Majed Abdulsamad’s last day as a student in Syria ended with his assault and arrest, after he took part in an anti-government protest that was violently suppressed.
Other students, loyal to the country’s ruling party, had been given guns and the authority to stop the hundreds-strong protest that Damascus University later pretended had never happened. They put Abdulsamad in a holding pen. After he was released and sent home, Abdulsamad received notice that he was being expelled for “disrupting the order” on campus. He would soon be required to enlist in Syria’s army, his name registered at transit checkpoints as someone who should be immediately detained.
With less than a month to spare, and with the help of a scholarship program, he left for the United States to enroll at Illinois Institute of Technology.
“There were students who had to leave at once or they’d be captured and put in jail. I was able to get out,” Abdulsamad (ARCH ’16) says.
He wasn’t alone: Abdulsamad was one of 40 Illinois Tech students who received a Presidential Scholarship (now expanded into the undergraduate Transfer Leadership Scholarship), which paid for their tuition, room, and board. The program—a joint effort with Jusoor, a U.S.-based nonprofit advocating for furthering Syrian education—focused on individuals fleeing conflict overseas.
But Abdulsamad thought about the others left behind. He knew that, in the aftermath of the Syrian revolution and later, in its civil war, millions had been impacted, with many institutions of higher learning there in literal ruin. He and three other Syrian students at Illinois Tech talked about this frequently as they gathered in an apartment in Chicago’s Bridgeport neighborhood to play Trex, a card game they knew from back home.
"As someone whose life was transformed through education, I wanted to empower others to have the same opportunities."
Finally, one night in 2015, the four—Abdulsamad, George Batah (BA ’15), Toufik Simo (BA ’16), and Abed Arnaout (EE ’14)—set the cards aside, and after hours of lively discussion, committed themselves to help. The joint scholarship program that had brought them there had enough funding to last for only a couple of years. So, they founded the Syrian Youth Empowerment Initiative to at least partially address the gap, seeking out Syrian students who hoped to study abroad—particularly those who had been displaced or were living under troubling conditions.
“It was a great opportunity made available to us, and we wanted to do the same for others,” Abdulsamad says. “Access to education, especially higher education, became a luxury in Syria after thousands of schools and universities were bombed and reduced to rubble. Despite the helplessness that the war brings, we were in a place to contribute to a better future through access to education, and so we went for it.”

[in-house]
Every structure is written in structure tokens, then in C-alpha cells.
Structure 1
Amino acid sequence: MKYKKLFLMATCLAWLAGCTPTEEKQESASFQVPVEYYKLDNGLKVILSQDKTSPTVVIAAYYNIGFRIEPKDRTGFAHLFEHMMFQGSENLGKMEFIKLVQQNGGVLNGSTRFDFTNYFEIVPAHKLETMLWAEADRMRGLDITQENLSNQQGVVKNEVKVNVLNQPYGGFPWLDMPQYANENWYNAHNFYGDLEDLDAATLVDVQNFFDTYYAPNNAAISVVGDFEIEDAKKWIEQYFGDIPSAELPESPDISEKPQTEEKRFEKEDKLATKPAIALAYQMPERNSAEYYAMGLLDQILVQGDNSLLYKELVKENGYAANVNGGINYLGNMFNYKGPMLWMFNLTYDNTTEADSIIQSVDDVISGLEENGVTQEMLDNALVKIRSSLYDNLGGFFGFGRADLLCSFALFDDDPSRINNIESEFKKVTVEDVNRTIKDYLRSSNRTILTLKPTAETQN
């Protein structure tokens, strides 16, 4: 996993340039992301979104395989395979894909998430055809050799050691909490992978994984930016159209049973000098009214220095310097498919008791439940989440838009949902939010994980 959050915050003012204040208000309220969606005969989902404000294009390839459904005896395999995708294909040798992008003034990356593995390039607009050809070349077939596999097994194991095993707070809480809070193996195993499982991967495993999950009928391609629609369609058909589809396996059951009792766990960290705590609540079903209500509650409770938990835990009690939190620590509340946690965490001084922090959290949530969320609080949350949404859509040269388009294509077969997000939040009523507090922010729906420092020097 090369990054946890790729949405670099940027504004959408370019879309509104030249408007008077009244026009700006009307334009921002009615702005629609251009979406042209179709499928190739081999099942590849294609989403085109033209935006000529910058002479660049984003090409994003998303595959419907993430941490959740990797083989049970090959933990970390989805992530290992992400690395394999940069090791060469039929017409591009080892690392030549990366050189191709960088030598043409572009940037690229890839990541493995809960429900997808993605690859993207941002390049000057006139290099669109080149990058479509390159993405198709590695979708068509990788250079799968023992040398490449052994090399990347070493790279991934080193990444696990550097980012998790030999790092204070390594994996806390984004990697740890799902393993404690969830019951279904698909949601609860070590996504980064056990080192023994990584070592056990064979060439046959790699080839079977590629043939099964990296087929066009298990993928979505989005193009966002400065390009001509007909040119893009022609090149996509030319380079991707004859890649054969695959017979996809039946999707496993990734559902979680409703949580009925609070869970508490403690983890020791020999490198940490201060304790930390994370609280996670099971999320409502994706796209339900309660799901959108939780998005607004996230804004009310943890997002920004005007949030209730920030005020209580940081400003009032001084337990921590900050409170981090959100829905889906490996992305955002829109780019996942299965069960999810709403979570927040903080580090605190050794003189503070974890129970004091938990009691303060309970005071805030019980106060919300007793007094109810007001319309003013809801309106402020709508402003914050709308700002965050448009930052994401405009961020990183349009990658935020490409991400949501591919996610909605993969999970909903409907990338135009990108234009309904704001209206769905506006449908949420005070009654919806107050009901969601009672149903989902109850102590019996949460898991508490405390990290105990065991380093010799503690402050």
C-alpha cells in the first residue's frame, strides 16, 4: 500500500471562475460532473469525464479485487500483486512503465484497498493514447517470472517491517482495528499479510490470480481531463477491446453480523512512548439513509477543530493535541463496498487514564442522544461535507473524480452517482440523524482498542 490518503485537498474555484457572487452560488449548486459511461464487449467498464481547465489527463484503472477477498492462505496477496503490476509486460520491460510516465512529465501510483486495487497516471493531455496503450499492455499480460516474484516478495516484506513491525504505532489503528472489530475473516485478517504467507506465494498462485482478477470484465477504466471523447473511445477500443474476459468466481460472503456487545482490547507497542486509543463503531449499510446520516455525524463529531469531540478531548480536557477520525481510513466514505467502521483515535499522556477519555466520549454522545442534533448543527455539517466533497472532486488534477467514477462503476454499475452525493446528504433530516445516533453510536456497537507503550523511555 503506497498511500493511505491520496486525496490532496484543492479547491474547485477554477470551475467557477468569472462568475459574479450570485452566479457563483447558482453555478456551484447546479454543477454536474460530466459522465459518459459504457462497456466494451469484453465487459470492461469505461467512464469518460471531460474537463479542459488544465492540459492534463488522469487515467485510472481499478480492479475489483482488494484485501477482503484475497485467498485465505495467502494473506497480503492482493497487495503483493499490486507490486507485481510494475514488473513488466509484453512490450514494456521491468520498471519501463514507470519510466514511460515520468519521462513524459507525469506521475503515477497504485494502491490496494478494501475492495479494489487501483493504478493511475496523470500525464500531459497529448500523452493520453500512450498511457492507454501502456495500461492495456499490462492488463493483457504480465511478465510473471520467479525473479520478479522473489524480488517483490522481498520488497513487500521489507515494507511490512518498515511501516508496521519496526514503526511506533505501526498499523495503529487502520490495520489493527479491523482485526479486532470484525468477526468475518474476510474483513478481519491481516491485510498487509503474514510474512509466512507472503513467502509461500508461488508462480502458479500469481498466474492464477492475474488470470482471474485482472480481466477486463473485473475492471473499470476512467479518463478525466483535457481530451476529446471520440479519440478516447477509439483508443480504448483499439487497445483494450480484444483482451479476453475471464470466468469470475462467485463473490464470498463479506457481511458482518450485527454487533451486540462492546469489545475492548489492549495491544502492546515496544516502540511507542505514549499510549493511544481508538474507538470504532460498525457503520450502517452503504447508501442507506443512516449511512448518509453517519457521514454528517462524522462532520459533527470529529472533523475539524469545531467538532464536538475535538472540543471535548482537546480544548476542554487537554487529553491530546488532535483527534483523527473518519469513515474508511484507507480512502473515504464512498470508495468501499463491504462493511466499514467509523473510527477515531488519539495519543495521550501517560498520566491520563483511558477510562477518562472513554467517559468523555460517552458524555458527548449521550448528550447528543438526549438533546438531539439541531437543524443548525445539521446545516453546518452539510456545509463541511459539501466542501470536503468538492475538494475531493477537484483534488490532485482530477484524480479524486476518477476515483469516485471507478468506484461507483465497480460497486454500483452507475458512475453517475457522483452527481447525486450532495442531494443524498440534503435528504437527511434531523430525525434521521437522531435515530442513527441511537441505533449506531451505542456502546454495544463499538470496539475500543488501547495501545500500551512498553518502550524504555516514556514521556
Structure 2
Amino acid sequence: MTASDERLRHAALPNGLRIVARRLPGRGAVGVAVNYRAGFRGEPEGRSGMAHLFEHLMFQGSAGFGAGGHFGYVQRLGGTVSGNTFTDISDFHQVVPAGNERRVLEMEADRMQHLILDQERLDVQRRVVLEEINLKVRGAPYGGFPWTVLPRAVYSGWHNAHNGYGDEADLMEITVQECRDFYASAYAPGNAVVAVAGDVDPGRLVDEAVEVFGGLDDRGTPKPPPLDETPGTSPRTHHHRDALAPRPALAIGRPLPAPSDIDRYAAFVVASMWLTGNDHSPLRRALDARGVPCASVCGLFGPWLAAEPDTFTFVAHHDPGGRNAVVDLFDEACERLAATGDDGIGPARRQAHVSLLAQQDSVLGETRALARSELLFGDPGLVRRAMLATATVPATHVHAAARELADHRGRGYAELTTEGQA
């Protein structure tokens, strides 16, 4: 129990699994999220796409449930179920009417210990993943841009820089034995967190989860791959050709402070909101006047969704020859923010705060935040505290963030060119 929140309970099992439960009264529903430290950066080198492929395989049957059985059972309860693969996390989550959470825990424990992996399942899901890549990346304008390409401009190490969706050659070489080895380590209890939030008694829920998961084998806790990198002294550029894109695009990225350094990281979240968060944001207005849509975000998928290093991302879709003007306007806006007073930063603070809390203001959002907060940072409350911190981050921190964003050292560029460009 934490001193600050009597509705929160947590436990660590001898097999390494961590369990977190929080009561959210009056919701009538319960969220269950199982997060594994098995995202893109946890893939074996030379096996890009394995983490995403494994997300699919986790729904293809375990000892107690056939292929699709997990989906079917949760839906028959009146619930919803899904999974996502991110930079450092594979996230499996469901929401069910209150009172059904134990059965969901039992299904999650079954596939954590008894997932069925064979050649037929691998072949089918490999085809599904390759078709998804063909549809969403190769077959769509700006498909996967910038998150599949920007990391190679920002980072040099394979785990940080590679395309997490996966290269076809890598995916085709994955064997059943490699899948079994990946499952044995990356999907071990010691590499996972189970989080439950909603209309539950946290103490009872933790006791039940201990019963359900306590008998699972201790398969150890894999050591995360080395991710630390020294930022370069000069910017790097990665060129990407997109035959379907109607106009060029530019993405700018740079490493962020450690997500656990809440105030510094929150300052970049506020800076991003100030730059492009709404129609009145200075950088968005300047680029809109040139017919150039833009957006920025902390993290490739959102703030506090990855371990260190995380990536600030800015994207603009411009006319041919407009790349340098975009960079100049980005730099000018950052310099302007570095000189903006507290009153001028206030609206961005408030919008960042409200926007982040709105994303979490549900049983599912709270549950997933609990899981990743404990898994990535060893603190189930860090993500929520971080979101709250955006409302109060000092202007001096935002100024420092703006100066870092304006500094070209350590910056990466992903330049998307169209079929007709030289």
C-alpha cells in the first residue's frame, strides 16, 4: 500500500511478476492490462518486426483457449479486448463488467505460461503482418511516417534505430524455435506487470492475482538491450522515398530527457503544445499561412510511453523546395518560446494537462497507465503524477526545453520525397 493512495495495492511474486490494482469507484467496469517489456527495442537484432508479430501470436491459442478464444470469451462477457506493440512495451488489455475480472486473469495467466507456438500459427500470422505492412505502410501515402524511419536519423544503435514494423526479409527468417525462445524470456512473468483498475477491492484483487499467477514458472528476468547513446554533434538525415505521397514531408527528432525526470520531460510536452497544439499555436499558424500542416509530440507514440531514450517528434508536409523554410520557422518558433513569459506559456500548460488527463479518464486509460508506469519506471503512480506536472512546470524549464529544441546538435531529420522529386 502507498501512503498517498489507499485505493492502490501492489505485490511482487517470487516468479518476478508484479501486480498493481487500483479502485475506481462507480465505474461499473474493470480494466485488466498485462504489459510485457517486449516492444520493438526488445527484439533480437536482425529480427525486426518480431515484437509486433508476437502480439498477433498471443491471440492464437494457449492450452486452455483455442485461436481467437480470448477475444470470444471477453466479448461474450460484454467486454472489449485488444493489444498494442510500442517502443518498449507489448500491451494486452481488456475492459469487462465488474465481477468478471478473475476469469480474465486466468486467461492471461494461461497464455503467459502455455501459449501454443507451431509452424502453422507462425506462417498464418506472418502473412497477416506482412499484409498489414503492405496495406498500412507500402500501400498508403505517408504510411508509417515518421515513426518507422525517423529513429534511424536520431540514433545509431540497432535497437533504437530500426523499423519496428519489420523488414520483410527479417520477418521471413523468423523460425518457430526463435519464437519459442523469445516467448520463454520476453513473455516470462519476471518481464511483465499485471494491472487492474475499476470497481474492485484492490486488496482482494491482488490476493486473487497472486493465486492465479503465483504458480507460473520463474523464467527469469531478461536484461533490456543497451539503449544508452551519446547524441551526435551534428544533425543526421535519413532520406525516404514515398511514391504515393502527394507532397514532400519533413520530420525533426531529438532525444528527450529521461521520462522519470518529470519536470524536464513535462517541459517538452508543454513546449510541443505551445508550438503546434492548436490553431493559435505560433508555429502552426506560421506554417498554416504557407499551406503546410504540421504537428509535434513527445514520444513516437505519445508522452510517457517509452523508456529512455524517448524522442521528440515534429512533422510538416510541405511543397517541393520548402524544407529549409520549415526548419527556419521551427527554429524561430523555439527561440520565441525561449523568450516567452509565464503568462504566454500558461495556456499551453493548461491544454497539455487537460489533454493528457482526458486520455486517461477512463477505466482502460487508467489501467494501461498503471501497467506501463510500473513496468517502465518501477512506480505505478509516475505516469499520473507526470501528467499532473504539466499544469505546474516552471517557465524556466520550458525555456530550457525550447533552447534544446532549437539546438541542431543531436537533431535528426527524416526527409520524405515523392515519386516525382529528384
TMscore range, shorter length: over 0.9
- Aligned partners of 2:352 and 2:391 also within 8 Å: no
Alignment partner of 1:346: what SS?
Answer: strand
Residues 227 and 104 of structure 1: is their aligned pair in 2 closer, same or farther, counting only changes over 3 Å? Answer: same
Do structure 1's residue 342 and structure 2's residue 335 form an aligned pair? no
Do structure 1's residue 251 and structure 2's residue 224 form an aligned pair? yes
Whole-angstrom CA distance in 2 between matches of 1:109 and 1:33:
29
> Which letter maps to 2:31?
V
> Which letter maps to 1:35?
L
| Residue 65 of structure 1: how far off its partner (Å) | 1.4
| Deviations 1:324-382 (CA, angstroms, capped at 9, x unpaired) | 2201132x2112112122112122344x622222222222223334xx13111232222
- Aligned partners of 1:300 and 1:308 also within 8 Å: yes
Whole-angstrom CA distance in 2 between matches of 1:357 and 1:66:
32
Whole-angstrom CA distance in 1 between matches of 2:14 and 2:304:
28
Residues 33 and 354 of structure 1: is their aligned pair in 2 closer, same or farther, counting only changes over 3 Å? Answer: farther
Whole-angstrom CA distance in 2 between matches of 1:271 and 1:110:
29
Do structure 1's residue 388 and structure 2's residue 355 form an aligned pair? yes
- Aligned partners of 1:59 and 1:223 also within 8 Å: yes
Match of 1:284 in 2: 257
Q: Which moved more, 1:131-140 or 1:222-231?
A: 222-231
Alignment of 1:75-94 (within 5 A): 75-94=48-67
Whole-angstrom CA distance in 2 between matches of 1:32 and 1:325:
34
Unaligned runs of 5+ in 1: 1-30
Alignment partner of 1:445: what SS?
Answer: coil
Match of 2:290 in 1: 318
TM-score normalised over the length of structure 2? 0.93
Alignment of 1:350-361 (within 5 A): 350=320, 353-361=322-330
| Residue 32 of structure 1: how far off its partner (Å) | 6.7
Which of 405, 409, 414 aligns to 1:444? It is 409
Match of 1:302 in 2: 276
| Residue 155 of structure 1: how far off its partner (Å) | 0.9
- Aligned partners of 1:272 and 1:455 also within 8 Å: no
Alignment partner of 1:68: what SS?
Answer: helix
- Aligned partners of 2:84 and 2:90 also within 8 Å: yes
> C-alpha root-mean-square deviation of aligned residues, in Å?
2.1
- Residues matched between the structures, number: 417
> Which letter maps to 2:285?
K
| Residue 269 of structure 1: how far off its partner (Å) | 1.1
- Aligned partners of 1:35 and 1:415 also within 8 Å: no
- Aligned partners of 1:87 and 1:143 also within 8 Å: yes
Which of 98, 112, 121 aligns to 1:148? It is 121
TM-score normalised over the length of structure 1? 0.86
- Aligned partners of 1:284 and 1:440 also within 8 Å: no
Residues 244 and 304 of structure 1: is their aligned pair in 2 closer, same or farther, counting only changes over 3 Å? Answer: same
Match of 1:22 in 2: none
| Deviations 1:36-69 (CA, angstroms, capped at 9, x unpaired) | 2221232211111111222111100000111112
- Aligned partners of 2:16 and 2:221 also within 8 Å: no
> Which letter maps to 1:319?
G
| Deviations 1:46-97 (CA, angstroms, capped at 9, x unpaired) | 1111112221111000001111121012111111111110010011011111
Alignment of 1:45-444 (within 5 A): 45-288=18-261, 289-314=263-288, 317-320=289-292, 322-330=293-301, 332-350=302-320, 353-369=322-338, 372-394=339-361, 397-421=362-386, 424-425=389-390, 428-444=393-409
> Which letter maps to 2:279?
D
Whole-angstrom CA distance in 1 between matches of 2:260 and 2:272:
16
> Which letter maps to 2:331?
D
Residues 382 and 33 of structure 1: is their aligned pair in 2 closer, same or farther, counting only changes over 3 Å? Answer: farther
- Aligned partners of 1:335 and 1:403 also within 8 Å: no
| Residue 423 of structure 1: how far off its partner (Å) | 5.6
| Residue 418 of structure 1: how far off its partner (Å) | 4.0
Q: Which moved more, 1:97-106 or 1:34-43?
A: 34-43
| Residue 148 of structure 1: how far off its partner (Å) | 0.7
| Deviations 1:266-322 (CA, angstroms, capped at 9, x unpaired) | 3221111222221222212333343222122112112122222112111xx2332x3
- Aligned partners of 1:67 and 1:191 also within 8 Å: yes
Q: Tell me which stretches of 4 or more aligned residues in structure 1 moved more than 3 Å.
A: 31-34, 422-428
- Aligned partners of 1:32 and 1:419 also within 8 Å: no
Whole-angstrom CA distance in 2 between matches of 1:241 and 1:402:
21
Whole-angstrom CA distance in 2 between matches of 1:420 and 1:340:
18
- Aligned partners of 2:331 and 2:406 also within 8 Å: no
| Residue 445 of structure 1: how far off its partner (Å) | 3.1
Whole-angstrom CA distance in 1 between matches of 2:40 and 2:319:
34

Batah, who is now SYE’s executive director, adds, “As someone whose life was transformed through education, I wanted to empower others to have the same opportunities.
“More importantly, we at SYE wanted to contribute to the development of the human capital of the conflict countries we serve, so they can build their countries when the time comes,” Batah says.
Knowing how many Syrians used Facebook, the group started a page that has since been viewed hundreds of thousands of times. They didn’t have grant money to squander, so they started out by helping with logistics. They advised students on how to choose schools, apply for them, and find outside financial aid. Over the years, they garnered some donations, enough to cover students’ examination fees.
But more importantly, they accumulated volunteers. At first, fellow Syrian nationals wanted to help; then, colleagues and friends from Illinois Tech and elsewhere stepped up. To date, they’ve had more than 100 mentors volunteer since 2015—including 15 from Illinois Tech—and have helped more than 350 students apply to college. Currently, they are working with approximately 120 of them.
“SYE has changed my life in every way and was there to help me achieve an impossible dream,” student Abdullah Bannan says, in a written statement. Bannan grew up in the war-torn city of Aleppo, moved with his family multiple times to avoid bombings, and with SYE’s guidance was accepted into Harvard University in 2019.
Through a grant from the New York-based Catalyst Foundation several years ago, SYE’s services were expanded to cover Iraqi students wanting to flee conflict as well. Those involved in the program don’t apply just to U.S. colleges; they’ve applied to institutions in Mexico, France, Canada, Egypt, and Lebanon.
In addition to his work with SYE, Abdulsamad is an architect and urban planner for Global Designing Cities Initiative in New York. When asked whether he’d return to Syria someday, he remembers the work it took getting out, and wonders.
Prior to the protest that got Abdulsamad expelled, he says that pictures of Syrian President Bashar al-Assad were being placed in every university hallway and room in the country. A friend in the registrar’s office had to send him his transcript in secret. Damascus’s airport and the U.S. embassy had closed, so he had to travel to Lebanon and to secure his passport and visa in a mere two months.
“If I was to play the hypothetical game, I would want to go back if and when it was safe for me to do so without being persecuted for my views,” Abdulsamad says.
“But until then, I’ll help as many who are there as I can.”